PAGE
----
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Jeff Carter

Jeff Carter

Title: CEO and Founder, Grand Coast Capital Group

Age: 36

Experience: 12 years

While serving as principal and managing partner at Triad Alpha Partners, where he specialized in commercial development and investment, Jeff Carter saw an opening in the small balance commercial sector. He seized on the opportunity and founded Grand Coast Capital Group in January 2013 to serve two niche lines of business with creative financing solutions.

On one side, the company provides private capital – debt and equity – to experienced local operators who are typically underserved by conventional lending and financing firms. Due to the timing of transactions made by this group, or the fact that the opportunities do not fit within the standard underwriting guidelines required by most banks or traditional lenders, Grand Coast Capital is able to provide financing solutions through its deep understanding of the underlying real estate and ability to execute in a unique manner.

The other line of business at Grand Coast Capital is its private equity funds, which allow high-net-worth individuals to invest alongside the firm in a commercial real estate portfolio generating attractive risk-adjusted returns that is professionally managed by Grand Coast Capital. The firm is currently managing two open-ended Regulation D private equity funds that total over $100 million in assets and are comprised of both debt and equity investments secured by commercial real estate.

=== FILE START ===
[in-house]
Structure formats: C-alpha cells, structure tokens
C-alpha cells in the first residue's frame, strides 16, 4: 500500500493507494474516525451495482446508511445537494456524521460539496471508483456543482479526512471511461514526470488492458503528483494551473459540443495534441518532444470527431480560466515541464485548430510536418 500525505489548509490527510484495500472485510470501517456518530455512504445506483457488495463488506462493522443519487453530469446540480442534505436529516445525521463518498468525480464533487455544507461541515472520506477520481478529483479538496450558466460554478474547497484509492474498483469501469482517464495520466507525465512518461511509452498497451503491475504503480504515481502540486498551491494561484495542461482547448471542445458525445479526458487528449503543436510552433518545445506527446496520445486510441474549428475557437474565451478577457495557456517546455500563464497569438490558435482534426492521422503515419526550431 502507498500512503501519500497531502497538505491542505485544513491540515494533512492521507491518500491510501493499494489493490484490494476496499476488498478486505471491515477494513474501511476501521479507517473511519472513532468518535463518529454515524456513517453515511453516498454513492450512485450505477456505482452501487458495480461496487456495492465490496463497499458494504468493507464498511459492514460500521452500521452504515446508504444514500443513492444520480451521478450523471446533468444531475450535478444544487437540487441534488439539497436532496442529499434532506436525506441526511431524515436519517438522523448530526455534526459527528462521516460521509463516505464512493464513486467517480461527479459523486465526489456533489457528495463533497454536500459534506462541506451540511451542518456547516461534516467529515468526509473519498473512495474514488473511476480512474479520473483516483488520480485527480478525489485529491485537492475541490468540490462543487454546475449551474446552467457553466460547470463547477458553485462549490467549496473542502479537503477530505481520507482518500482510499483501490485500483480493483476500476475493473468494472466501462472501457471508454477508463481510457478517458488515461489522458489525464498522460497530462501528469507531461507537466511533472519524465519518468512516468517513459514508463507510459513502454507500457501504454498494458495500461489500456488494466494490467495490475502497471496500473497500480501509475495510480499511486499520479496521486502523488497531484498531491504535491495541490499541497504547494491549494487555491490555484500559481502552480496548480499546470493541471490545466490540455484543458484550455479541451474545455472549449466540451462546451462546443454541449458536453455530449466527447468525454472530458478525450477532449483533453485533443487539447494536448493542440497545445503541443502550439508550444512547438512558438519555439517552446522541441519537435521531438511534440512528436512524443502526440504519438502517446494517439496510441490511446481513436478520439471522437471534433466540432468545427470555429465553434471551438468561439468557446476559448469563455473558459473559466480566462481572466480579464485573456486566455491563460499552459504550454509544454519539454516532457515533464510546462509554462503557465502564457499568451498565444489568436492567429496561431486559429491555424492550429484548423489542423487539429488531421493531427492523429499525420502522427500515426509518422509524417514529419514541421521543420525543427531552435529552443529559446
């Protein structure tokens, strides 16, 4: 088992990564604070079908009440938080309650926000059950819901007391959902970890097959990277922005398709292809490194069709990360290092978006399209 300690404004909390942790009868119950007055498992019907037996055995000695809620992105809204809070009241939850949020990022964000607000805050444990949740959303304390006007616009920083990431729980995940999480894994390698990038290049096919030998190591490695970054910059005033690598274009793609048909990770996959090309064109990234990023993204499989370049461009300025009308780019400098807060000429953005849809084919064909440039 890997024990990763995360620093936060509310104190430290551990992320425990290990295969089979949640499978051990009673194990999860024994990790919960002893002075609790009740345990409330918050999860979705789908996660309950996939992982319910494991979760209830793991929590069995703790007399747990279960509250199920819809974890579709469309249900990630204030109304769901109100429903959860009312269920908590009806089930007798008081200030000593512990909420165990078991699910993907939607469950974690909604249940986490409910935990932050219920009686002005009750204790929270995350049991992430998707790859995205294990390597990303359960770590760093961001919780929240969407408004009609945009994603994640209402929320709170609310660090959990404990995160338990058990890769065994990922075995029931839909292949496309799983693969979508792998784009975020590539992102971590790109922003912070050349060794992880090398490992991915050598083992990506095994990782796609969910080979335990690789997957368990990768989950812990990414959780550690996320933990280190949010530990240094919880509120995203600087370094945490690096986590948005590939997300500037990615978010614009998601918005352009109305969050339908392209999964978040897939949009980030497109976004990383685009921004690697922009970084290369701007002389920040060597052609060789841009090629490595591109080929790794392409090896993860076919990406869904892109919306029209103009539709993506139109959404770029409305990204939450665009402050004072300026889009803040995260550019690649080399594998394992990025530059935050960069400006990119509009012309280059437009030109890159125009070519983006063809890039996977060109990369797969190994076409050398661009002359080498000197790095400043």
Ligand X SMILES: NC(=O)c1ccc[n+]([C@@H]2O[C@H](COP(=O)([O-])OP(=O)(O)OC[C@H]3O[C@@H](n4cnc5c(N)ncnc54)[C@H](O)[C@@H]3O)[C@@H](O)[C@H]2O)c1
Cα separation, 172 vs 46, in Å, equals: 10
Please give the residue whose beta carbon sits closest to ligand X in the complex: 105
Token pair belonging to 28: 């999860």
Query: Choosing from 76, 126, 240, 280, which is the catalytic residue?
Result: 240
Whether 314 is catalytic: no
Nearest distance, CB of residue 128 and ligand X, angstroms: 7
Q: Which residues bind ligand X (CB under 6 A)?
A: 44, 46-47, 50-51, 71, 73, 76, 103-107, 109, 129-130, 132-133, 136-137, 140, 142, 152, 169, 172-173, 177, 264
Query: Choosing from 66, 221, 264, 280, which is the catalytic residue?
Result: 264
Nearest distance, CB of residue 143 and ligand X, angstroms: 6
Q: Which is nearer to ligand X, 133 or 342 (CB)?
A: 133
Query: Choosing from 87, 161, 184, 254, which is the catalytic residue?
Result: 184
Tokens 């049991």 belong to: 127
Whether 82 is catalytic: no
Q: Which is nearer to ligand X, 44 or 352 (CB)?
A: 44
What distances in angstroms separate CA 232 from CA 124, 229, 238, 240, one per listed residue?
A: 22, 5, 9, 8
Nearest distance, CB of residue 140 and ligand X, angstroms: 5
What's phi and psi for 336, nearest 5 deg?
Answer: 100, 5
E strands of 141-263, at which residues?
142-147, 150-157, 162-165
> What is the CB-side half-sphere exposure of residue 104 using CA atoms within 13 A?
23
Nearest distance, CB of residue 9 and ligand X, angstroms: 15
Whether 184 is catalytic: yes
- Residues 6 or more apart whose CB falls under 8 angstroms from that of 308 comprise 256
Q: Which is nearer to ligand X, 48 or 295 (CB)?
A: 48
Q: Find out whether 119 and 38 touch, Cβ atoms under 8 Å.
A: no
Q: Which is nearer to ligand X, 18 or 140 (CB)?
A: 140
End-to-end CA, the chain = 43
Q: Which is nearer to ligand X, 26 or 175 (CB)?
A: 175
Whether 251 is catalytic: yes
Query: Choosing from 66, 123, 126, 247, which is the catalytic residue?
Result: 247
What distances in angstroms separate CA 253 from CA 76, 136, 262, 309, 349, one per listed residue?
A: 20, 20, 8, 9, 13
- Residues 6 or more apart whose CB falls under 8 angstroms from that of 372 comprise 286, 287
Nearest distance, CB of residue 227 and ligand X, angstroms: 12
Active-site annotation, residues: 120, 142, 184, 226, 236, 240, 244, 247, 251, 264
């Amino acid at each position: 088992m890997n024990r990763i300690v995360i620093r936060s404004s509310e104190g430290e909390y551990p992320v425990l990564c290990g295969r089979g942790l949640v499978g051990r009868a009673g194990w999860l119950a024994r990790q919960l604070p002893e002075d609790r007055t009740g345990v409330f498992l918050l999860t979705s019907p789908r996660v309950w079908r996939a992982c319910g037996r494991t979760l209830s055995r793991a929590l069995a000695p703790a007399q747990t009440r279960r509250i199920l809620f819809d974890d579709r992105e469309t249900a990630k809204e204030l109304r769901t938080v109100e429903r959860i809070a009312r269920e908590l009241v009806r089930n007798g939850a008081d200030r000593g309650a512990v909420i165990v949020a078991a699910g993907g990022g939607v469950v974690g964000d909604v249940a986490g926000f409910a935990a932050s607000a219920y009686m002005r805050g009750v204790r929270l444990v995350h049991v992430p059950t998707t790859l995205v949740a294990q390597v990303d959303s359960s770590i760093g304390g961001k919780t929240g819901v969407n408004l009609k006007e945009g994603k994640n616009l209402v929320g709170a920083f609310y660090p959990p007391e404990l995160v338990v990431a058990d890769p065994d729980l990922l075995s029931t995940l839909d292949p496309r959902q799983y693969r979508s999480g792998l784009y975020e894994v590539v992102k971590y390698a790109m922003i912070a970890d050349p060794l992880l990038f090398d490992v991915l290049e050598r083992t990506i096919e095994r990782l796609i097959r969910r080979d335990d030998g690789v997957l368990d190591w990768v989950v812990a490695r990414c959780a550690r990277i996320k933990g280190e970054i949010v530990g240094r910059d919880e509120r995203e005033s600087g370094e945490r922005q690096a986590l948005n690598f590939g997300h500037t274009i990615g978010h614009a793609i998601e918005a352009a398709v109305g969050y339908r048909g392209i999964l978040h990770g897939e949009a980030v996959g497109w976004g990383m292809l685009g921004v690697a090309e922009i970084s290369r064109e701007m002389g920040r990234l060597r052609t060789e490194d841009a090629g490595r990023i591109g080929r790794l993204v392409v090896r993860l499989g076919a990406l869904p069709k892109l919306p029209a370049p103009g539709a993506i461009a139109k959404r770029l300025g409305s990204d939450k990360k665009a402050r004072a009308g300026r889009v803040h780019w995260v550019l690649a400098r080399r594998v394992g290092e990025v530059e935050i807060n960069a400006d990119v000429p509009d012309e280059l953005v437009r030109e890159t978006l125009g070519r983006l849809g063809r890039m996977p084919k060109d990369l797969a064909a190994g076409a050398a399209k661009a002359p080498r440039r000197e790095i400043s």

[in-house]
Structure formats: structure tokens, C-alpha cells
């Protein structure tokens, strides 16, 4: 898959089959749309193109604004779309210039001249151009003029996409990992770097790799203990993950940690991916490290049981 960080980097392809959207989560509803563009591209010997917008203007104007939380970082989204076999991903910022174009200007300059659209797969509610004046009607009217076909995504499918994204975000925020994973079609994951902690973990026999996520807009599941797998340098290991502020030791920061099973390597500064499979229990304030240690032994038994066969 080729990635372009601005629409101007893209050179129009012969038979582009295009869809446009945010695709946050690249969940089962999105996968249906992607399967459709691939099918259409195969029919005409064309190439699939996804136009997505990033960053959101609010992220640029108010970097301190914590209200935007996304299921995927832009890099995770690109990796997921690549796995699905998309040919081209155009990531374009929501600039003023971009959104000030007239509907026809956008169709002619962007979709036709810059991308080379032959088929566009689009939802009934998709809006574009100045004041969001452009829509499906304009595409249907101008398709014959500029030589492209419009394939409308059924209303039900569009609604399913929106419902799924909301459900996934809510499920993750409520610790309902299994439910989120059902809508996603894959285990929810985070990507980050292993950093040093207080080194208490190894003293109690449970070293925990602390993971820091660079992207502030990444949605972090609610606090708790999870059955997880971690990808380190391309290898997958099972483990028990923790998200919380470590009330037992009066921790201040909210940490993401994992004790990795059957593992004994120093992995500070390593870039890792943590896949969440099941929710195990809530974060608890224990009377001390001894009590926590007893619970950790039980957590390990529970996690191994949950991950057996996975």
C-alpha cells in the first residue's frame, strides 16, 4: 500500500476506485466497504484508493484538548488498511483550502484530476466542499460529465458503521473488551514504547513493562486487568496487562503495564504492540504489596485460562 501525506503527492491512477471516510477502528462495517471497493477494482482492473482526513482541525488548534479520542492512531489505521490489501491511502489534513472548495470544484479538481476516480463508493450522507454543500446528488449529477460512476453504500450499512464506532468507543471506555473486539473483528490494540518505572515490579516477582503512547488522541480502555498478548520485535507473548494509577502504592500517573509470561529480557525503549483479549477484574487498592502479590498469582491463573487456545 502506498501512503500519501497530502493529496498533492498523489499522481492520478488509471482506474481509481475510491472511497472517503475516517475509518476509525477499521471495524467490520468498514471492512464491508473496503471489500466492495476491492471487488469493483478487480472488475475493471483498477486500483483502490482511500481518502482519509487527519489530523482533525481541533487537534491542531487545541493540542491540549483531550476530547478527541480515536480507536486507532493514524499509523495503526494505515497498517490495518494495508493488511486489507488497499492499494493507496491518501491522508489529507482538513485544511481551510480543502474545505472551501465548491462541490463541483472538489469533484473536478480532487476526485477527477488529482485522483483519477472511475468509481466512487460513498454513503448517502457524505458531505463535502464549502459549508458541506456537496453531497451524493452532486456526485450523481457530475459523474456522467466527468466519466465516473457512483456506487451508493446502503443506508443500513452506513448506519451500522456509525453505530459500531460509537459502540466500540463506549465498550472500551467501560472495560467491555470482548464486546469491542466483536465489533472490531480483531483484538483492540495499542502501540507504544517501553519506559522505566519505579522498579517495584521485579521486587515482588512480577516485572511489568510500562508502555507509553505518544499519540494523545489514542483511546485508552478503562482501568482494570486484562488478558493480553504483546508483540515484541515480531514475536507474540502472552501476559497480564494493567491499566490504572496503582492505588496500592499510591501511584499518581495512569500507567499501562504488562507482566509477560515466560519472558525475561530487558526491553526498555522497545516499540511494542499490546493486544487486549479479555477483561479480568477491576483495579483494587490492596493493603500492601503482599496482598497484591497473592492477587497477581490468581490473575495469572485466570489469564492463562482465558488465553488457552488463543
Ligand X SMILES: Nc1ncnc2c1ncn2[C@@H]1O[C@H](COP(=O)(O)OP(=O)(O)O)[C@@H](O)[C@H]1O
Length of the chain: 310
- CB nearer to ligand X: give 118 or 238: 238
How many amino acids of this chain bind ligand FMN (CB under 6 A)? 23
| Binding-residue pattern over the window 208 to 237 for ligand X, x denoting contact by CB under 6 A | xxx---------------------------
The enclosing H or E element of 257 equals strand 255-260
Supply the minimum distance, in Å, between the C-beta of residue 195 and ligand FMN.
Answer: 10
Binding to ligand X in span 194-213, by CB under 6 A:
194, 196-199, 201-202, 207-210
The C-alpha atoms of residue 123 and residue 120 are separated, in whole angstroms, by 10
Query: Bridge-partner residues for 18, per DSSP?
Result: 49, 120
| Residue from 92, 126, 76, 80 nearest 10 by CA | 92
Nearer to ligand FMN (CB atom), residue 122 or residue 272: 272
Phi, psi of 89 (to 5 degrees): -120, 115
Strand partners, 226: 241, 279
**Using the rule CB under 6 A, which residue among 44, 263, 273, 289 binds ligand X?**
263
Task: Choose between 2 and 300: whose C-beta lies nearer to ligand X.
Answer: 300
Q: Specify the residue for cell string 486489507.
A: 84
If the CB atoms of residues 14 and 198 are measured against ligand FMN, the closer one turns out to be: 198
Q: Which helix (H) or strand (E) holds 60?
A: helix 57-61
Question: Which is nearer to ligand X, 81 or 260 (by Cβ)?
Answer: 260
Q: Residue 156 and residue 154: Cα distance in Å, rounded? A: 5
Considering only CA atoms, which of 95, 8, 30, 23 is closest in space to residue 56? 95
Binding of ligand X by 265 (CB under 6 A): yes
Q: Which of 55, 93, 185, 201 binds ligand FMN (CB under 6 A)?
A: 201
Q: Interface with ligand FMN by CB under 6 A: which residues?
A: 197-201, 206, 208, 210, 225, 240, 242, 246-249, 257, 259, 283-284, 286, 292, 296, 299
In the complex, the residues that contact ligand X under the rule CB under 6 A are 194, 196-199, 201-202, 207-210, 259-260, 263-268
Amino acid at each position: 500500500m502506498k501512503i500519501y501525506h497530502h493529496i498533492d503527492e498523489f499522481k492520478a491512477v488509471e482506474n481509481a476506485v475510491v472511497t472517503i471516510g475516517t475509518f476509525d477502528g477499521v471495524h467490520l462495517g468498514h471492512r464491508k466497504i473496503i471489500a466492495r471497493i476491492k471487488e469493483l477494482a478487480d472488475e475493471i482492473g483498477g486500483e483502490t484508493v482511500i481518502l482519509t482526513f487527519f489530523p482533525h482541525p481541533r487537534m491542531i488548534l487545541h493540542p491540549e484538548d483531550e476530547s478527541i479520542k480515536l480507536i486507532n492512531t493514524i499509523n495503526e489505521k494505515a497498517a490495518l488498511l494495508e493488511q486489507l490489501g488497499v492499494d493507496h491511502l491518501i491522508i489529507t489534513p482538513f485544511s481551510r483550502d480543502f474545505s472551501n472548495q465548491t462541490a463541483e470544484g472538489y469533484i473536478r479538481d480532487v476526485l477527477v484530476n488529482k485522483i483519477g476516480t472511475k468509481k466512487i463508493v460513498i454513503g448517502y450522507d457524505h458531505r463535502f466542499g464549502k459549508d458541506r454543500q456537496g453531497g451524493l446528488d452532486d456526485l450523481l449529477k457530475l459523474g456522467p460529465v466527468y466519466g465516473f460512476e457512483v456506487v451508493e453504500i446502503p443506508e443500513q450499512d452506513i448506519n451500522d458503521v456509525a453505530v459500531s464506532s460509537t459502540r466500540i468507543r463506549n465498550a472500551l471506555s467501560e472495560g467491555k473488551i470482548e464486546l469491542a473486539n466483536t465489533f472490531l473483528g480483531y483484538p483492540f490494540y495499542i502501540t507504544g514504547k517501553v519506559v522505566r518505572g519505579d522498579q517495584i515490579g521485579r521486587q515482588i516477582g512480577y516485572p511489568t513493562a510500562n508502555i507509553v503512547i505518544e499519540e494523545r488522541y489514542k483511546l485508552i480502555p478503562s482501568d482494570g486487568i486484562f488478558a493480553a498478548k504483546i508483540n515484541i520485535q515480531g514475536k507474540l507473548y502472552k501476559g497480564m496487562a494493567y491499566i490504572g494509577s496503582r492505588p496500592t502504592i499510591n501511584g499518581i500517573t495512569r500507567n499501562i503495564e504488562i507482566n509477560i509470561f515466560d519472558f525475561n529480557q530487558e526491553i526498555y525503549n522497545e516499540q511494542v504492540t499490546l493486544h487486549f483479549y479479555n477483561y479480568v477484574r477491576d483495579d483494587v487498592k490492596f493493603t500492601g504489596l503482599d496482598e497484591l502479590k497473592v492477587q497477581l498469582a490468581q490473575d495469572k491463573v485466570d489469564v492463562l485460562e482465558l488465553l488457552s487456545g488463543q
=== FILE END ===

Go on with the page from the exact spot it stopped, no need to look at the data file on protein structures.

Since its inception, Grand Coast Capital has raised more than $100 million in capital, invested more than $250 million in strategic real estate opportunities in the U.S. and Ireland, and originated more than 650 loans in 41 states. Recently, the 15-person team moved into its new headquarters in Quincy to meet the continued growth of the firm.

Q:  What advantage does the Grand Coast Capital Group have over traditional banks and credit unions?

A: I would not consider Grand Coast Capital as being in direct competition with traditional banks and credit unions. We fill the gaps where traditional financing sources cannot compete, whether due to strict lending guidelines or the challenges presented in funding within a very short period of time. Our unique advantage is that we come from the operation and investment side of the real estate business. We understand the needs of our borrowing clients and work to create a smooth and seamless process that allows our clients to focus on sourcing and executing on their investment strategies.

We are very nimble and creative in how we structure and finance. We can typically fund a deal in as little as seven to 10 business days; where most traditional lenders can take as long as 60 days to complete their review and approval. In addition, we have greater flexibility in our investment guidelines, and can be more creative in our financing structure, ultimately allowing our borrowers to close more deals.